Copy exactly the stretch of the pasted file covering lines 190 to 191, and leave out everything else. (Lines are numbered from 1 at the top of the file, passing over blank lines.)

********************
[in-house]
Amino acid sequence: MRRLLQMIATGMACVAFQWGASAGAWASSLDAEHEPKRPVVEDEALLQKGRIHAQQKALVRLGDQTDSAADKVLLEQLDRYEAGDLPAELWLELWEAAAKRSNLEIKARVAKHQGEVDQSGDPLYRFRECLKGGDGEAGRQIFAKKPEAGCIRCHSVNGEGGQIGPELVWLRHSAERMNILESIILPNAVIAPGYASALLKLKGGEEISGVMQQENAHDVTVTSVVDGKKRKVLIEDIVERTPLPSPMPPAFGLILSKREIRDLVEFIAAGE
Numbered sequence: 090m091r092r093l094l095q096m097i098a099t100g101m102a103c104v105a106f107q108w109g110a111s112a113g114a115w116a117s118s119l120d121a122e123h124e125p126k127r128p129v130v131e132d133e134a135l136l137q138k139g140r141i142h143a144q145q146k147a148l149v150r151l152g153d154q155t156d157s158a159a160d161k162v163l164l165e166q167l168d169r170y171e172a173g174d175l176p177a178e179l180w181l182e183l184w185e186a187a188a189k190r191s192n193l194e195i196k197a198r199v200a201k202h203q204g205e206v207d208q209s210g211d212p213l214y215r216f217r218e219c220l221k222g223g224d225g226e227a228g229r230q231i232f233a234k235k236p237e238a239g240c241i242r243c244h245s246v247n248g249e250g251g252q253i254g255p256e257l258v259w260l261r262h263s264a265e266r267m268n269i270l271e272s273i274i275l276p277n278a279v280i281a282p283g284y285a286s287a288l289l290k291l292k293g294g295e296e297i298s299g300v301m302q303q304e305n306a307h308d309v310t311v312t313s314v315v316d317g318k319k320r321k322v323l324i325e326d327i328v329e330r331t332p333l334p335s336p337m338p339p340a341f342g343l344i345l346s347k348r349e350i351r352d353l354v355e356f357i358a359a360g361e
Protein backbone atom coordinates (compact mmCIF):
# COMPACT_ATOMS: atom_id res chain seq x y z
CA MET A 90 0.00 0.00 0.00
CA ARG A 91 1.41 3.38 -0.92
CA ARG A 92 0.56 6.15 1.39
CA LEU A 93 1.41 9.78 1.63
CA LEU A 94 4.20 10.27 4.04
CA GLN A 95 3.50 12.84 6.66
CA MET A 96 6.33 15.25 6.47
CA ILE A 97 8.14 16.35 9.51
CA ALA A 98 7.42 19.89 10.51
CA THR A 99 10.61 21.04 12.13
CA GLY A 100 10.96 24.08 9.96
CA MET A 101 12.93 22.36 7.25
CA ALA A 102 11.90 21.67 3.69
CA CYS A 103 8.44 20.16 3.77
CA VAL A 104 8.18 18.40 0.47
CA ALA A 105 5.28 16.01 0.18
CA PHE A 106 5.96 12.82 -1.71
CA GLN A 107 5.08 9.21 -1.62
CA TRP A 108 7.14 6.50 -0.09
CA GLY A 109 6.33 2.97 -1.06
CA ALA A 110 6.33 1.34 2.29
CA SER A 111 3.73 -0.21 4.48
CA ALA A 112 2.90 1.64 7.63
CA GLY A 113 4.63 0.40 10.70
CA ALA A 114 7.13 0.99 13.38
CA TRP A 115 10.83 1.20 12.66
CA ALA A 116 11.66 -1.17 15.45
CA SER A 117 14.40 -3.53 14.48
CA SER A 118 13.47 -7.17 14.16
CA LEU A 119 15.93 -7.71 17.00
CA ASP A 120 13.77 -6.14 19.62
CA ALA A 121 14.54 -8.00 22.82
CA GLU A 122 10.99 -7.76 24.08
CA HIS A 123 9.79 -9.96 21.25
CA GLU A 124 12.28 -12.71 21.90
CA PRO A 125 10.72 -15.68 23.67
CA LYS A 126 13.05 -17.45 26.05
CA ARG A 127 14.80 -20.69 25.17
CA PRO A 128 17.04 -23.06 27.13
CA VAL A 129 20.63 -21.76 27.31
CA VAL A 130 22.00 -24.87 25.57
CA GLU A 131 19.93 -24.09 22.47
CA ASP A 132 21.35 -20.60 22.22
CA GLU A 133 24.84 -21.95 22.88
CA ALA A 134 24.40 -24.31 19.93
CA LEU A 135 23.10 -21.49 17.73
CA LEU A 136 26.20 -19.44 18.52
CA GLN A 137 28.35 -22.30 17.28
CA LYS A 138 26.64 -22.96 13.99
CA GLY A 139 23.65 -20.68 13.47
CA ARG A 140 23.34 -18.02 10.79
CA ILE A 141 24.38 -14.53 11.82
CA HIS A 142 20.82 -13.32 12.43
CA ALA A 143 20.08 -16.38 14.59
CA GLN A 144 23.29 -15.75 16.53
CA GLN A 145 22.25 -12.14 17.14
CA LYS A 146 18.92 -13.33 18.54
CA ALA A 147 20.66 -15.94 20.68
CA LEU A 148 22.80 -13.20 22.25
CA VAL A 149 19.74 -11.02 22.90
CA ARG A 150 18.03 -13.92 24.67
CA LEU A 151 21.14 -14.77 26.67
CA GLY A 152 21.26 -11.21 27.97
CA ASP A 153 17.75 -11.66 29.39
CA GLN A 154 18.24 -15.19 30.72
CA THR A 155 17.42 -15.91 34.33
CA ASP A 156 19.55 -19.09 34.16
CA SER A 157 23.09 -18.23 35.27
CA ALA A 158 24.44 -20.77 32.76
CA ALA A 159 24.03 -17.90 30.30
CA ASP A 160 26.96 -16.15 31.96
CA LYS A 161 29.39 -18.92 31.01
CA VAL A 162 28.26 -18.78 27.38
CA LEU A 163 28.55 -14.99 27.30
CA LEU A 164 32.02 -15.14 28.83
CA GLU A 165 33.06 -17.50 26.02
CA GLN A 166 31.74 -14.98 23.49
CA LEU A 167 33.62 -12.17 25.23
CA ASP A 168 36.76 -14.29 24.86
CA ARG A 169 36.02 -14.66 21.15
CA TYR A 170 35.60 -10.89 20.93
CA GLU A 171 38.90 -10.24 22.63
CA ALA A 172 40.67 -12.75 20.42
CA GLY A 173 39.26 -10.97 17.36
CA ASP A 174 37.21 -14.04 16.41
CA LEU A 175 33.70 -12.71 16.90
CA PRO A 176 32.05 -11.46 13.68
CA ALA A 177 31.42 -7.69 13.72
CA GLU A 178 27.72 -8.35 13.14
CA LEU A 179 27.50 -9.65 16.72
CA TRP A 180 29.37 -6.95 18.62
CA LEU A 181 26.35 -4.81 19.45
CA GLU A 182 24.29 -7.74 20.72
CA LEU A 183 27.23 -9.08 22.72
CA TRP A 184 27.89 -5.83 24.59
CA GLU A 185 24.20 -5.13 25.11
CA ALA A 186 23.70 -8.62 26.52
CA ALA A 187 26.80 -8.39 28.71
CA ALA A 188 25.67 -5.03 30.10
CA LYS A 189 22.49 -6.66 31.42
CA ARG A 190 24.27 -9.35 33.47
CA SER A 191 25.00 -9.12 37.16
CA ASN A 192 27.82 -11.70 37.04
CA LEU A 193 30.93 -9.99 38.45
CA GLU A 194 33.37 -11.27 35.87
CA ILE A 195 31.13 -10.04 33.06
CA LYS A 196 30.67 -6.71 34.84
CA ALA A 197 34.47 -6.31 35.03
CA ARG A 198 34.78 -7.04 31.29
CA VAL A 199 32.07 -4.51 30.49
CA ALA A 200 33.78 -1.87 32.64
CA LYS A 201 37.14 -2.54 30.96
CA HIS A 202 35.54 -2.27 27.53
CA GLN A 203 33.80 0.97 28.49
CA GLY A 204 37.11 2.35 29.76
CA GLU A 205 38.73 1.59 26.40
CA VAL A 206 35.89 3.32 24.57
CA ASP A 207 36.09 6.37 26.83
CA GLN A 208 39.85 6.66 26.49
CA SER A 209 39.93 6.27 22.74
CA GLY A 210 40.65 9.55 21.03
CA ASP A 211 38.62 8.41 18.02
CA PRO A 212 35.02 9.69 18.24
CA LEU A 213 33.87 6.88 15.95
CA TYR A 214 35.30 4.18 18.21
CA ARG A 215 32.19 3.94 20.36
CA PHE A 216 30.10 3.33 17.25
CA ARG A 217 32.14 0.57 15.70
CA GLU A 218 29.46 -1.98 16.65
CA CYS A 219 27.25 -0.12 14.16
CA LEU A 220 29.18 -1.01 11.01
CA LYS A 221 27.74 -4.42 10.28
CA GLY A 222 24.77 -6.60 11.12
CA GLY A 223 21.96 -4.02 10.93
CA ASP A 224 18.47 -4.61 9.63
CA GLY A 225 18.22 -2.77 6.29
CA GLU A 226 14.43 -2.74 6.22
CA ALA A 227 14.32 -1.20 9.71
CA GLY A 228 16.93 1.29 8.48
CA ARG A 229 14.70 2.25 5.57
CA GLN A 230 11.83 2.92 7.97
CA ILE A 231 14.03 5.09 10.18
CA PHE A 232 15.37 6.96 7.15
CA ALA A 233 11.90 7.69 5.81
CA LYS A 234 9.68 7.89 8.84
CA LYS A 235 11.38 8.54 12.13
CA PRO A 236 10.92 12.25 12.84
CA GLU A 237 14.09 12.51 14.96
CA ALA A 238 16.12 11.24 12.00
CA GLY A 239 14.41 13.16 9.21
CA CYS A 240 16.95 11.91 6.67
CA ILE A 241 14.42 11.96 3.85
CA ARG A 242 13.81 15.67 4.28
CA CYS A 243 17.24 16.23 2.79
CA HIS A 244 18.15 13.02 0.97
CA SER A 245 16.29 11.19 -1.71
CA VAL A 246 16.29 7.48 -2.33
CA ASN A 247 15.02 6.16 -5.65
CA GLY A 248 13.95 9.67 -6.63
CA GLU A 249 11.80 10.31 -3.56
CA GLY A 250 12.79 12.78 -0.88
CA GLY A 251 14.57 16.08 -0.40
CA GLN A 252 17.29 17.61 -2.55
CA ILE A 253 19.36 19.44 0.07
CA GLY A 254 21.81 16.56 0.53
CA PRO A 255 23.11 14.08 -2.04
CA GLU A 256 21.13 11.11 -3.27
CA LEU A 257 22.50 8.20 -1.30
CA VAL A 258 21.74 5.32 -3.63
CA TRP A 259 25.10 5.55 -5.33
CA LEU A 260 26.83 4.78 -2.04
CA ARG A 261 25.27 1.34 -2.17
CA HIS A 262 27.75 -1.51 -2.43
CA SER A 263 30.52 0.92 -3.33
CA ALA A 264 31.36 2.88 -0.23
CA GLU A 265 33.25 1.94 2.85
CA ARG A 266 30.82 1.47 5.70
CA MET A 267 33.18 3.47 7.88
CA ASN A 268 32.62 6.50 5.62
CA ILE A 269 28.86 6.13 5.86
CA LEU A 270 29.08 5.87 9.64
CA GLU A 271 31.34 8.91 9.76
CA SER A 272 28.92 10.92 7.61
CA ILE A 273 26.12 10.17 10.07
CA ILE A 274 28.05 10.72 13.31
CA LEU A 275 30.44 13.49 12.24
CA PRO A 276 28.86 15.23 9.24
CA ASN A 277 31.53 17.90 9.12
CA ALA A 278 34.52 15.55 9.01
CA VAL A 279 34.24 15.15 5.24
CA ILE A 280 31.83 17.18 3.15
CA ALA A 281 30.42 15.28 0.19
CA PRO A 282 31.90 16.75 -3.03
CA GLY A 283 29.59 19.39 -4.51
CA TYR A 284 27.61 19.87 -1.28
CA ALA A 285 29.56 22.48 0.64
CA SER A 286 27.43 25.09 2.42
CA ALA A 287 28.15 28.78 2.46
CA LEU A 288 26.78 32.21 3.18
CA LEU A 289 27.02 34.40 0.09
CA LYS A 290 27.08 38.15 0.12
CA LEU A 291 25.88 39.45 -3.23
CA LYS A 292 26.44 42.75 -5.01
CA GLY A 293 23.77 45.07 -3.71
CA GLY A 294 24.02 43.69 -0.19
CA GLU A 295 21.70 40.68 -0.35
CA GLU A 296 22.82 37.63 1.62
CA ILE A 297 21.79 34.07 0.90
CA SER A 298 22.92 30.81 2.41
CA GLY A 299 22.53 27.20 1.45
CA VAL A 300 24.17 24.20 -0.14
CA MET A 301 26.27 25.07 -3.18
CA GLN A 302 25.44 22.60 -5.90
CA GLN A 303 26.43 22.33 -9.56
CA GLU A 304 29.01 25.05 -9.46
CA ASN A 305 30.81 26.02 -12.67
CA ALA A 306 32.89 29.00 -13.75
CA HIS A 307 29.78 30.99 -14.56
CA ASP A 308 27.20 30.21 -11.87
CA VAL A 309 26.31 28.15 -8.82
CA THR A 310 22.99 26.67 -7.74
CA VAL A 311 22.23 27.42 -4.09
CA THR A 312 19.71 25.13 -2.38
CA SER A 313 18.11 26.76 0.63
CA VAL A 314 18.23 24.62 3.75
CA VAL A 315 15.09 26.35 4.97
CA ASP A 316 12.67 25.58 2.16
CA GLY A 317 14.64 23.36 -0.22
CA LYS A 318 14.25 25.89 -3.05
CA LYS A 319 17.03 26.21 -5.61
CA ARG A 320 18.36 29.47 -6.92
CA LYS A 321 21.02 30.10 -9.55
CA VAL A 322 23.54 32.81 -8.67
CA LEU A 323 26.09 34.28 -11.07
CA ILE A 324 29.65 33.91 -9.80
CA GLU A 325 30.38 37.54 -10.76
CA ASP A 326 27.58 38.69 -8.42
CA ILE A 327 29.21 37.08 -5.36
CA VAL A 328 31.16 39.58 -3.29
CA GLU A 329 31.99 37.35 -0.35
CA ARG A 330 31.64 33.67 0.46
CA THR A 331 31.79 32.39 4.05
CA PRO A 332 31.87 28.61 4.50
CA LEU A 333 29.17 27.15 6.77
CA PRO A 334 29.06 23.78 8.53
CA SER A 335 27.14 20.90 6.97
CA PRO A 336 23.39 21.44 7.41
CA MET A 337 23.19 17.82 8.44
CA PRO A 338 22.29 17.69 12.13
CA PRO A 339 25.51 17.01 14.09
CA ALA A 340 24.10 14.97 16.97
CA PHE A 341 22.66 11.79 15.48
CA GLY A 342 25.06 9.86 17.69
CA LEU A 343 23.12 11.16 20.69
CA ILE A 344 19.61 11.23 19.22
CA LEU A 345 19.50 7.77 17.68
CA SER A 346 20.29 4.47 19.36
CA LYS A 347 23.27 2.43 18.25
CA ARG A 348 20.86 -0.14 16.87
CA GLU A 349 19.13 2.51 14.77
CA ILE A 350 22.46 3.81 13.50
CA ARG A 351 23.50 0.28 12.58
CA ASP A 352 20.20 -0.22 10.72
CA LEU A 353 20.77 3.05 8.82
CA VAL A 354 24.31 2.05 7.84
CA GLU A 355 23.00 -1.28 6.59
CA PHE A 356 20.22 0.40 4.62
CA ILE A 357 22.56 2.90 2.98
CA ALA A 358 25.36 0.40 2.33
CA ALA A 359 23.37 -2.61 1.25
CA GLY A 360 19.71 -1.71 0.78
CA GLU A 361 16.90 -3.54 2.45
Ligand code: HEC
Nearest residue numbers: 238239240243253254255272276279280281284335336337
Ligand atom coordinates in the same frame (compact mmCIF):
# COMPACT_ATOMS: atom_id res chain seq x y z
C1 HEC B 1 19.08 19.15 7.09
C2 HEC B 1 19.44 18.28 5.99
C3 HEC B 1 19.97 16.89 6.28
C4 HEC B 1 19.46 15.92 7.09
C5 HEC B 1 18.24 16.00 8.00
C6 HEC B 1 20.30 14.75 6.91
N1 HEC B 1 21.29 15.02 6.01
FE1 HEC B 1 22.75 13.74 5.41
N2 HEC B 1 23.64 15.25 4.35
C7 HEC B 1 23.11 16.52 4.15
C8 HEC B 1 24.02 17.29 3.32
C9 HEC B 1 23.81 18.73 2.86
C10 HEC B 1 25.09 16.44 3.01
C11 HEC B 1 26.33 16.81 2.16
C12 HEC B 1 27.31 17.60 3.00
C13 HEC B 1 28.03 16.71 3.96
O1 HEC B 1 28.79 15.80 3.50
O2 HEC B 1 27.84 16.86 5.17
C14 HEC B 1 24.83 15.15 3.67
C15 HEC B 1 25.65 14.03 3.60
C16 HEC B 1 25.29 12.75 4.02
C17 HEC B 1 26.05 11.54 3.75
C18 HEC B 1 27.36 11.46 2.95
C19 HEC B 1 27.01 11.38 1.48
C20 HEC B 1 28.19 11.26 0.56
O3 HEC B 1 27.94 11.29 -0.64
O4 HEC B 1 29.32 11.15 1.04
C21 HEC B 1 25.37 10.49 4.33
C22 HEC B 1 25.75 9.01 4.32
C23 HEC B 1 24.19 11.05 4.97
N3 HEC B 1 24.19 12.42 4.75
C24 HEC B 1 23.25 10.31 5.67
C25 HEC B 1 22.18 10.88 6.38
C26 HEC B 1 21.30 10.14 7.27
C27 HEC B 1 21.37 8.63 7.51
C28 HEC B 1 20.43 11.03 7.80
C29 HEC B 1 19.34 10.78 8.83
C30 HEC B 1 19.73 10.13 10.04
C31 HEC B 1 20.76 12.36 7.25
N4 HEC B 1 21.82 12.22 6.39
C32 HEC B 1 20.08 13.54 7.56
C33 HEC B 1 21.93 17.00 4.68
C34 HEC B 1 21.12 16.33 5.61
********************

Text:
CA ILE A 274 28.05 10.72 13.31
CA LEU A 275 30.44 13.49 12.24